This post was originally published on Ms. Magazine Blog.
Former President Laurent Gbagbo was finally arrested this week, and many seem to think this will bring an end to the conflict that’s riddled Ivory Coast for the past months. But for Ivorian women, among the more than one million displaced by the fighting, this is not the case. As the situation deteriorated from chaos to full-fledged crisis, Ivorian women went from being the drivers of political protest to survivors of sexual violence.
This week, I spoke with Elizabeth Pender, a gender-based violence (GBV) Technical Advisor for IRC , a humanitarian group that addresses crises worldwide. She’s stationed on the Liberia-Ivory Coast border, where thousands of Ivorians are flooding into refugee camps every day.
Pender conveyed reports from women of gang rapes, rapes of entire families, and sexual slavery as women and girls are “taken as wives” for weeks at a time. “These women have experienced things that we cannot even imagine – and many for the second time.” The collective memory of rape and violence from the last Ivorian war, in 2004, is still fresh. In fact, the recollection of “what happened last time,” and threat of new violence has been a driving force for many girls and women to flee.
While IRC and others work to mitigate the risk of further violence, arriving in refugee camps does not necessarily mean safety for girls and women who remain continuously vulnerable. Collecting water or firewood can be dangerous, and even the very security guards stationed to protect women can become the latest perps.
Who is committing the sexual violence? One the one hand, it doesn’t matter. On the other hand, it does. News reports have painted Alassane Ouattara in perhaps too rosy a light, condemning pro-Gbagbo forces almost unilaterally for war crimes. There are also a number of reports that put the blame squarely on Ouattara. Humanitarian agencies like IRC, rightly so, stay out of the politics and instead take a survivor-centered approach.
Yet political camps, and even the global media, often utilize reports of GBV as a strategy to damn one’s opponent. It’s as if accusing Gbagbo’s camp of systematic rape somehow exonerates Ouattara’s camp from abuses when, in reality, women and girls survive violence from every party and at every level.
It is well-documented that women and girls are exponentially more vulnerable to sexual violence in crisis, whether it’s an earthquake or a civil war. Long after fighting has ceased, and the media has forgotten the names of opposing parties, survivors remain survivors because sexual violence cannot be undone.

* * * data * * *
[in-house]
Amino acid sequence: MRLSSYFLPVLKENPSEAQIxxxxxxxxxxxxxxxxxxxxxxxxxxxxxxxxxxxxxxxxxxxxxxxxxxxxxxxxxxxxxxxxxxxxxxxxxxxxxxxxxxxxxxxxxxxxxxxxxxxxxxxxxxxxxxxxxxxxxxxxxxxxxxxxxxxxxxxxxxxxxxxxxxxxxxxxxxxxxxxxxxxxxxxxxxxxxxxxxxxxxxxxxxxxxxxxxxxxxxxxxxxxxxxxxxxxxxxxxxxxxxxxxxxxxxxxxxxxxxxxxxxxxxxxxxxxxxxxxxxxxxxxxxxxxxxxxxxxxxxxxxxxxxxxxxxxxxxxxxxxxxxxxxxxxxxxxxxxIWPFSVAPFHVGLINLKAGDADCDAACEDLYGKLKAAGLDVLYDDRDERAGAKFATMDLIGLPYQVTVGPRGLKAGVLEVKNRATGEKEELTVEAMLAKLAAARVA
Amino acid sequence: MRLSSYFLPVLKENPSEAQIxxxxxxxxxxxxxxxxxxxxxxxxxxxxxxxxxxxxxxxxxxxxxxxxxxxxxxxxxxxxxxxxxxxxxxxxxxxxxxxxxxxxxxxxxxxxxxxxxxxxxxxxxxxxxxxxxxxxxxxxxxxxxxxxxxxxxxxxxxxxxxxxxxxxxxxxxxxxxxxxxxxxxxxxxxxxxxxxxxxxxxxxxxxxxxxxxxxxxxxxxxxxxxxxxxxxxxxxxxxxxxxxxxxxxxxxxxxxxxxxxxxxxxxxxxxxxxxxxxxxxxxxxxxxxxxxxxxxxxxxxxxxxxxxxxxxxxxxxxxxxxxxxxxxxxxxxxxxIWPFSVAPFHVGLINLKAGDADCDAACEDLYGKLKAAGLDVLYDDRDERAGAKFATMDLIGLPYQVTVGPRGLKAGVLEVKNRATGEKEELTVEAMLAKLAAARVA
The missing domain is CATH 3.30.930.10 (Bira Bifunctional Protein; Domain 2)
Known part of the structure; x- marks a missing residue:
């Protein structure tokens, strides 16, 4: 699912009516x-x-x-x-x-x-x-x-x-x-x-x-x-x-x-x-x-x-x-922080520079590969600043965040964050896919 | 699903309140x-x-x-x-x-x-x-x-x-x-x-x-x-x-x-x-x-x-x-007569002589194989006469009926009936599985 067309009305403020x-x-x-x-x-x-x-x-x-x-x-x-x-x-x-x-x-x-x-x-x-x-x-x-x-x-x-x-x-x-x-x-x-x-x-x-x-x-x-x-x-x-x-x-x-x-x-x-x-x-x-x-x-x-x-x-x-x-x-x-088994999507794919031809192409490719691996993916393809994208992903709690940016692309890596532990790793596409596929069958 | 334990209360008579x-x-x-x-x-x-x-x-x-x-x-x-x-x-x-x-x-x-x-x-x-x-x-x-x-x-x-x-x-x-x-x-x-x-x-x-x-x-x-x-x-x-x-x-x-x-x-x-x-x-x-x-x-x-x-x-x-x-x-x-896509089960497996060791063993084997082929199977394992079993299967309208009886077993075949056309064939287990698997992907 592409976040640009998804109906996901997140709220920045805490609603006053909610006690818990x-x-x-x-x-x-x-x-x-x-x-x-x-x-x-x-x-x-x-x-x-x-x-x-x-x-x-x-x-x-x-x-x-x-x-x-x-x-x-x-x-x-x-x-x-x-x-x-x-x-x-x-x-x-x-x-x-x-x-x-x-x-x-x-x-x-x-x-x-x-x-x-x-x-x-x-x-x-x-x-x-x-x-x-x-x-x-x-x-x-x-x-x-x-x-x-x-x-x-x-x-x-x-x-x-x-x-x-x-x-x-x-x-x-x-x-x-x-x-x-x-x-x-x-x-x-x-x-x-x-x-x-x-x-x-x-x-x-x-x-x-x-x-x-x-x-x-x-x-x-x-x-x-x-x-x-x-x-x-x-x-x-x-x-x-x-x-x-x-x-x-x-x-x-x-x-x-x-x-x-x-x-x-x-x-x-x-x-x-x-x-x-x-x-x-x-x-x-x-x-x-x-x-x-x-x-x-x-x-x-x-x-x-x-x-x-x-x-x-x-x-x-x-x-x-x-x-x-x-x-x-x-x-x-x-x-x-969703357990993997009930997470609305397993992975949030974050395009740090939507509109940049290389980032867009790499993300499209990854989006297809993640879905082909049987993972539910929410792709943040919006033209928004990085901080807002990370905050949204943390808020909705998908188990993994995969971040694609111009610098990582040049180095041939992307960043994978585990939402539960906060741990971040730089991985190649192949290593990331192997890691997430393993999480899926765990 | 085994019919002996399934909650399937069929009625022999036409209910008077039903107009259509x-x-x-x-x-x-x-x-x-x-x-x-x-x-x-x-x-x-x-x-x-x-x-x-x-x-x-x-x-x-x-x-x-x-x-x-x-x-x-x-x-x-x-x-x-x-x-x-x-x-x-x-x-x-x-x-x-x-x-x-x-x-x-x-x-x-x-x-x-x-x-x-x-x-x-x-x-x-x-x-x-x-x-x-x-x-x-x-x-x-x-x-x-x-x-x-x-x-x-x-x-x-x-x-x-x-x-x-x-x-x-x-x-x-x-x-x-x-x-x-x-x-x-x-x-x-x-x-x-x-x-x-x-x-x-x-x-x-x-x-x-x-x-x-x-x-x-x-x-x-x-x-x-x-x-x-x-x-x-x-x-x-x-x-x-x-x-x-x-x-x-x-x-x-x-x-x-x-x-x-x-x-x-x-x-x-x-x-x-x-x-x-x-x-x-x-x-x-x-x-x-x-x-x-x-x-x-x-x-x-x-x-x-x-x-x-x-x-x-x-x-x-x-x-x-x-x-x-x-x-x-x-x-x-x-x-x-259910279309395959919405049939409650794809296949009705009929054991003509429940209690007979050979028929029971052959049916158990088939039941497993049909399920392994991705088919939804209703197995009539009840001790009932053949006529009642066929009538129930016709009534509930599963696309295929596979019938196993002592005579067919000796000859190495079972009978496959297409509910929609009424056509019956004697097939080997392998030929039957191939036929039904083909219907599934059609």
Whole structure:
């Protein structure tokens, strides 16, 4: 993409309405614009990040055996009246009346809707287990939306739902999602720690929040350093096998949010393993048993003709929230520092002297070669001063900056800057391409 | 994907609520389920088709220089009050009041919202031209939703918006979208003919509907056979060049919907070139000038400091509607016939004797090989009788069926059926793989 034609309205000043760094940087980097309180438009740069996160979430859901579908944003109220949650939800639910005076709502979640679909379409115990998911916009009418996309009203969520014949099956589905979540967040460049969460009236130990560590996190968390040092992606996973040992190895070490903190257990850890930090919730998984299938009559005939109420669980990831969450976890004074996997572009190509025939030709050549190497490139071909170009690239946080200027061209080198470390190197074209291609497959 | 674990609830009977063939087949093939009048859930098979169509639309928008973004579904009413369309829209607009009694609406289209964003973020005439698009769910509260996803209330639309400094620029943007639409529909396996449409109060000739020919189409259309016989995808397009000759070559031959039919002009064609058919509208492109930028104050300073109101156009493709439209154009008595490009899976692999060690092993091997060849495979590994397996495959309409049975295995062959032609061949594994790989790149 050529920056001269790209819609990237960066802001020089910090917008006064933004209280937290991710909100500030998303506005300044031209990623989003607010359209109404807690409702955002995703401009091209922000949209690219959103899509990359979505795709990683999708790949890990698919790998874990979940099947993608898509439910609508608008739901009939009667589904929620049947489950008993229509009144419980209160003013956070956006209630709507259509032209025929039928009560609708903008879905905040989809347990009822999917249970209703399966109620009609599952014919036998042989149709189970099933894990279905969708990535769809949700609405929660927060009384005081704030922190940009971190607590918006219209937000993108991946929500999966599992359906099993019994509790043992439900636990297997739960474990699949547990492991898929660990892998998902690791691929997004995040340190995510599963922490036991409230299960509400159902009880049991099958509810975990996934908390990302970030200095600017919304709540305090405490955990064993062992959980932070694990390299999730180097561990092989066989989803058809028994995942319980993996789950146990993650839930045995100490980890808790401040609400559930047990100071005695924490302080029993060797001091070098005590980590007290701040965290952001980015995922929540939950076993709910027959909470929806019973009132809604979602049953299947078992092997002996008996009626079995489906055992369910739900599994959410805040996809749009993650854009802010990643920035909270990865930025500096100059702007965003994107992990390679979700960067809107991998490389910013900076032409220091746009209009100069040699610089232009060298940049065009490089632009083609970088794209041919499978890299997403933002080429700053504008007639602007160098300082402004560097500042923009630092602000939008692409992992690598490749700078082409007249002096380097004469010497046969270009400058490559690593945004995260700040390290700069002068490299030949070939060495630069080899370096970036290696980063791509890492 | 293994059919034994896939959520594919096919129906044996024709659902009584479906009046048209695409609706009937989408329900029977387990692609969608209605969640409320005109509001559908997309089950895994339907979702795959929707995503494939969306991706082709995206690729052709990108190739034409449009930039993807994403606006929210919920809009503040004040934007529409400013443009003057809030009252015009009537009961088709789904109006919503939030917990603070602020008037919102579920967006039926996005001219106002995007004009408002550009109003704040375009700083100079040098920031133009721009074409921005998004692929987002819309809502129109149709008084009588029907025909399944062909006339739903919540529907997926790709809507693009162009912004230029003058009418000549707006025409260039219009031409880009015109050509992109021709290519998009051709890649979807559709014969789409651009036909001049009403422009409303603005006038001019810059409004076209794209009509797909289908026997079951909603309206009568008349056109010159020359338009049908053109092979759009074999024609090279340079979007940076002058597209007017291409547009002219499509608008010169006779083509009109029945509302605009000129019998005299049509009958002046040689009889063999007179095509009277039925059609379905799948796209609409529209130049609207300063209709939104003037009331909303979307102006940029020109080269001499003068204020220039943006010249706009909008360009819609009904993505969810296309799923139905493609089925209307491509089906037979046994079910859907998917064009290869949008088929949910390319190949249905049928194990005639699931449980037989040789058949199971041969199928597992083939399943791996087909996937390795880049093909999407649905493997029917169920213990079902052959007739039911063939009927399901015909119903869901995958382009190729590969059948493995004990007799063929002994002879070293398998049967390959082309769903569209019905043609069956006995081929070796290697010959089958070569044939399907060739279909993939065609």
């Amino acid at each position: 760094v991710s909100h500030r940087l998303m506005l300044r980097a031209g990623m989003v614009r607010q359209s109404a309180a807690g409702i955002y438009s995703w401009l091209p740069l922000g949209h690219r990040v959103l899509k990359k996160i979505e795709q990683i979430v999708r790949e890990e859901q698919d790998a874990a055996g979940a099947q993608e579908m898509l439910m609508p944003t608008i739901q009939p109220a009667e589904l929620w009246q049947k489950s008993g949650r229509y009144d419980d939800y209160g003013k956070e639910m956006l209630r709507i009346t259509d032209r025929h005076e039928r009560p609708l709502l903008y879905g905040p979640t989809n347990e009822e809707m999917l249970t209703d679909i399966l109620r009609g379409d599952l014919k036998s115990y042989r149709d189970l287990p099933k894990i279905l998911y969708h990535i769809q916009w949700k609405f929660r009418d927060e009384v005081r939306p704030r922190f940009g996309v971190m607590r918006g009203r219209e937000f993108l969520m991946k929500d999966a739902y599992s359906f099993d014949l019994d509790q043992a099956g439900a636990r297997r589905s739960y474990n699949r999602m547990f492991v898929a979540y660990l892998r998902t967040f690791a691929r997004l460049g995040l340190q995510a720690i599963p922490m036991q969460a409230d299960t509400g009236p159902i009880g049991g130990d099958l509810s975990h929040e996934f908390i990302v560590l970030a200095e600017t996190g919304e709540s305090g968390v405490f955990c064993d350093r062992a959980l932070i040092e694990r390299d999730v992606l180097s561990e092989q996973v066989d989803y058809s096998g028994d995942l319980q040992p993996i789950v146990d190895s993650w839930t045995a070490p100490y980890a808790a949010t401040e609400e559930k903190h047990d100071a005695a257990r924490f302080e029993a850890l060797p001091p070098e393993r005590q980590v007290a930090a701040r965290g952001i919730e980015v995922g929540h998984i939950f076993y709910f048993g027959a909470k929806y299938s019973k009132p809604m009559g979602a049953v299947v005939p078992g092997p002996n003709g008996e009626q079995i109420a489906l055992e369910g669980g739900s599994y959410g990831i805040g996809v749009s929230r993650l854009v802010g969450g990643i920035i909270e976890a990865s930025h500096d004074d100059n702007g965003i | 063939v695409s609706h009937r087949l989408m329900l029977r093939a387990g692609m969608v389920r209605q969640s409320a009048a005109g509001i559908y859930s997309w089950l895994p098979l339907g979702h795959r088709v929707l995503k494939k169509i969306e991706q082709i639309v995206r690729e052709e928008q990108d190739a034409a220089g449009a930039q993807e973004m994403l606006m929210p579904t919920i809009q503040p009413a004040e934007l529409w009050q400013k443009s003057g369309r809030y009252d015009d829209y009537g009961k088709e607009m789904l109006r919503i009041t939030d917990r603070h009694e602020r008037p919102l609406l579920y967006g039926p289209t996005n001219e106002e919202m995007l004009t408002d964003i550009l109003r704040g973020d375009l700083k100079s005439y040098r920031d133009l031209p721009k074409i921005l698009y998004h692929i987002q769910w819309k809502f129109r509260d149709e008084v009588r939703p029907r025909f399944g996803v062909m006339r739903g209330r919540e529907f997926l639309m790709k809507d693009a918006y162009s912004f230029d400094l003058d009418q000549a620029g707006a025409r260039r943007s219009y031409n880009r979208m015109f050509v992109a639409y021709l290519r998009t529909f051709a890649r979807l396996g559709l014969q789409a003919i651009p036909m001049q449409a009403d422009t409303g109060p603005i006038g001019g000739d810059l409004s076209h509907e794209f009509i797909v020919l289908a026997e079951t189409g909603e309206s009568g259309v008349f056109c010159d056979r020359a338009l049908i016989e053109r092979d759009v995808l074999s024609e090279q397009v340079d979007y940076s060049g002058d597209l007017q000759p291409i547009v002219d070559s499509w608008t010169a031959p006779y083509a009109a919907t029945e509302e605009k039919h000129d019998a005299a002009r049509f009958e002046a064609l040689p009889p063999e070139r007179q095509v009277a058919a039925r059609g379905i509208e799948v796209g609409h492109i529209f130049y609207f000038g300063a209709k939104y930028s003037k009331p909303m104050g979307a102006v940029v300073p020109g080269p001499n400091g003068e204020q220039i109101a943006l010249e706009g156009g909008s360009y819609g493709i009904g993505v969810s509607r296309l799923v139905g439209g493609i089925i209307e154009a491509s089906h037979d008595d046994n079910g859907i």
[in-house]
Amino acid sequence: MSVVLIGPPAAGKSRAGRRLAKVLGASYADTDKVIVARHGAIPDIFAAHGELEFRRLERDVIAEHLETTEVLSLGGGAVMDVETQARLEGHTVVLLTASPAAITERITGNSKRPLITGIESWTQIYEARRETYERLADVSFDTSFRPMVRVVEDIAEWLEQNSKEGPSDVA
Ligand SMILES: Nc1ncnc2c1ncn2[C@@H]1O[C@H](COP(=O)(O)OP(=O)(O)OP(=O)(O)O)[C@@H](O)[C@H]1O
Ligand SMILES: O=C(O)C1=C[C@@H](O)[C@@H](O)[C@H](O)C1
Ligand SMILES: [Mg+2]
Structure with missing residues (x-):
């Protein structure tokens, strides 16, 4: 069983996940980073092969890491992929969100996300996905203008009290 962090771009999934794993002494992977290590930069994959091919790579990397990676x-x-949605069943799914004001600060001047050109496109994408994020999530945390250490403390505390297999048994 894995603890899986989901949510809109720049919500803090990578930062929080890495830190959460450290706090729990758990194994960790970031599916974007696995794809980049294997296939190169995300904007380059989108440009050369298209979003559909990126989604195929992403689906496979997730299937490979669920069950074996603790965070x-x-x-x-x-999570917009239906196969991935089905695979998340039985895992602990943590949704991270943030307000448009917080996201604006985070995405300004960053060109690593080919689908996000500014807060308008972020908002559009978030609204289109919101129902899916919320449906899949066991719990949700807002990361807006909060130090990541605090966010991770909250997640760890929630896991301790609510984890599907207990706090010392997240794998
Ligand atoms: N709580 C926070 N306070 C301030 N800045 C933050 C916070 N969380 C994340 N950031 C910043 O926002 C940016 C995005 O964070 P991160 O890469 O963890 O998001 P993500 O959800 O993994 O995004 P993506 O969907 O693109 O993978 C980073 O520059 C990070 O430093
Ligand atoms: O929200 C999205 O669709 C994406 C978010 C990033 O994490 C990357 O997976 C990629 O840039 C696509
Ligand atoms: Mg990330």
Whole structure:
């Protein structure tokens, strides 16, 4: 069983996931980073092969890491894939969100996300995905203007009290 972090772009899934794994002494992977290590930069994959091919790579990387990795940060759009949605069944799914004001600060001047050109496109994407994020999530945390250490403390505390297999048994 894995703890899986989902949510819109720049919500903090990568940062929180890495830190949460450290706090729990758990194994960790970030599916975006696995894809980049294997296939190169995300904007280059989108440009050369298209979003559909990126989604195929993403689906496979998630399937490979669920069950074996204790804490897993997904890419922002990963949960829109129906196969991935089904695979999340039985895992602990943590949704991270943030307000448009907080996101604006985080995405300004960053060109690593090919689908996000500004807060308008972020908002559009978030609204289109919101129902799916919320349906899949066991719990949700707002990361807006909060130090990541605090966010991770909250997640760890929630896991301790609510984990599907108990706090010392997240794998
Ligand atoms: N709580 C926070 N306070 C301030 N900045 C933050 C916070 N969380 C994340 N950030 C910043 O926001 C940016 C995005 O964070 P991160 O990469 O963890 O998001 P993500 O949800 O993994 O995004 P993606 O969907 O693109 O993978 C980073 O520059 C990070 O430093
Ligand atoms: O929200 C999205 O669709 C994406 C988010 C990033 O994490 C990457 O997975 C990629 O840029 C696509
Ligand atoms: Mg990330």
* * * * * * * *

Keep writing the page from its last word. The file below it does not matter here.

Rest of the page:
IRC holds focus groups for Ivorian women, offering safe spaces for women to voice their experiences. In one session, Pender says, 20 women revealed they had been raped. “This level of reporting is extraordinary, and this indicates that this issue has become normalized in many ways.”
Do we take for granted that sexual violence is an integral part of every conflict? What are the implications of this? “Issues of gender-based violence so often get lost in the shuffle, and we’re trying to convey that addressing these issues is a life-saving initiative,” says Pender. Governments and global bodies can no longer be surprised by increased sexual violence, and given the resources available, it has become inexcusable to not be prepared. Sexual violence should be stemmed before it starts.
The management of sexual violence remains a challenge, however, and access adequate mental and physical health care in particular. Of the 20 women raped, says Pender, none had sought or had been able to access health care. Whether these services – such as emergency contraception, post-exposure prophylaxis, pregnancy testing, contraception, or even just a basic check-up – are available is one major issue. Whether women will seek them is another.
For this reason, the magnitude of sexual violence is difficult to ascertain. “For every one case you hear about, there are 10 or 20 you don’t.” Pender suggests that in an environment of injustice and cruelty, you have to celebrate the small victories: to identify even one survivor, counsel and support her, provide her with health care services. “There is a lot we can do. We want women to know rape doesn’t have to be the end.”
Learn more or support IRC’s work in Ivory Coast and worldwide.